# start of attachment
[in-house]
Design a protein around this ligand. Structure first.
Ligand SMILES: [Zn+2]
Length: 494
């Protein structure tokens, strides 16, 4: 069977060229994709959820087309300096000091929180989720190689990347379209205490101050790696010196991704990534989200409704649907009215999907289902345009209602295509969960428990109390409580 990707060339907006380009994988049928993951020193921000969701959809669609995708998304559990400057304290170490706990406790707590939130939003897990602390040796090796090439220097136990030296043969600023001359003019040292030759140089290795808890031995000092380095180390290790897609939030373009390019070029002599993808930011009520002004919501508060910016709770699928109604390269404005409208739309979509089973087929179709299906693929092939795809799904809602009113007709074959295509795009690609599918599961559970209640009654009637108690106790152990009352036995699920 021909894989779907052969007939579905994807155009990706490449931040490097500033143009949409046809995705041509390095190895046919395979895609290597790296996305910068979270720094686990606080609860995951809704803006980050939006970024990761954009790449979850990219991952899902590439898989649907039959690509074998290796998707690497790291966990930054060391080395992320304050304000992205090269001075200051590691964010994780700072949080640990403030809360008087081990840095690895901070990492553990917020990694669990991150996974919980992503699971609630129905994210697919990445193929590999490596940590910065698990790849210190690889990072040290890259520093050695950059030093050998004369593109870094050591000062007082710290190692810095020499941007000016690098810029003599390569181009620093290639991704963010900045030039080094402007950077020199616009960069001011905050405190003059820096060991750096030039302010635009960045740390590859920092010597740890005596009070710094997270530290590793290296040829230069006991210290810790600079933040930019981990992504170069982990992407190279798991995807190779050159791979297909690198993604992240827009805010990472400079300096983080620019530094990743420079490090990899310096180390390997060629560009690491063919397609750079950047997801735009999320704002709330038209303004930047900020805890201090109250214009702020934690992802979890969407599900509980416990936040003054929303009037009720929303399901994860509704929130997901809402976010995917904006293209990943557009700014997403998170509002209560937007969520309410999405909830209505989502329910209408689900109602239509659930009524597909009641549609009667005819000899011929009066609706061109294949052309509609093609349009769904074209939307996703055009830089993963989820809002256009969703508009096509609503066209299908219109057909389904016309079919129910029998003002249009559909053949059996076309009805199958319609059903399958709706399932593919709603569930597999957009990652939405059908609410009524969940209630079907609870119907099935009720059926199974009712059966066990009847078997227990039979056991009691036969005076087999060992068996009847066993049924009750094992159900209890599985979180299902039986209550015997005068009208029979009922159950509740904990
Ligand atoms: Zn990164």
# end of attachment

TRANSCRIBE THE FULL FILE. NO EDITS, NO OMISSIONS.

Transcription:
[in-house]
Design a protein around this ligand. Structure first.
Ligand SMILES: [Zn+2]
Length: 494
């Protein structure tokens, strides 16, 4: 069977060229994709959820087309300096000091929180989720190689990347379209205490101050790696010196991704990534989200409704649907009215999907289902345009209602295509969960428990109390409580 990707060339907006380009994988049928993951020193921000969701959809669609995708998304559990400057304290170490706990406790707590939130939003897990602390040796090796090439220097136990030296043969600023001359003019040292030759140089290795808890031995000092380095180390290790897609939030373009390019070029002599993808930011009520002004919501508060910016709770699928109604390269404005409208739309979509089973087929179709299906693929092939795809799904809602009113007709074959295509795009690609599918599961559970209640009654009637108690106790152990009352036995699920 021909894989779907052969007939579905994807155009990706490449931040490097500033143009949409046809995705041509390095190895046919395979895609290597790296996305910068979270720094686990606080609860995951809704803006980050939006970024990761954009790449979850990219991952899902590439898989649907039959690509074998290796998707690497790291966990930054060391080395992320304050304000992205090269001075200051590691964010994780700072949080640990403030809360008087081990840095690895901070990492553990917020990694669990991150996974919980992503699971609630129905994210697919990445193929590999490596940590910065698990790849210190690889990072040290890259520093050695950059030093050998004369593109870094050591000062007082710290190692810095020499941007000016690098810029003599390569181009620093290639991704963010900045030039080094402007950077020199616009960069001011905050405190003059820096060991750096030039302010635009960045740390590859920092010597740890005596009070710094997270530290590793290296040829230069006991210290810790600079933040930019981990992504170069982990992407190279798991995807190779050159791979297909690198993604992240827009805010990472400079300096983080620019530094990743420079490090990899310096180390390997060629560009690491063919397609750079950047997801735009999320704002709330038209303004930047900020805890201090109250214009702020934690992802979890969407599900509980416990936040003054929303009037009720929303399901994860509704929130997901809402976010995917904006293209990943557009700014997403998170509002209560937007969520309410999405909830209505989502329910209408689900109602239509659930009524597909009641549609009667005819000899011929009066609706061109294949052309509609093609349009769904074209939307996703055009830089993963989820809002256009969703508009096509609503066209299908219109057909389904016309079919129910029998003002249009559909053949059996076309009805199958319609059903399958709706399932593919709603569930597999957009990652939405059908609410009524969940209630079907609870119907099935009720059926199974009712059966066990009847078997227990039979056991009691036969005076087999060992068996009847066993049924009750094992159900209890599985979180299902039986209550015997005068009208029979009922159950509740904990
Ligand atoms: Zn990164």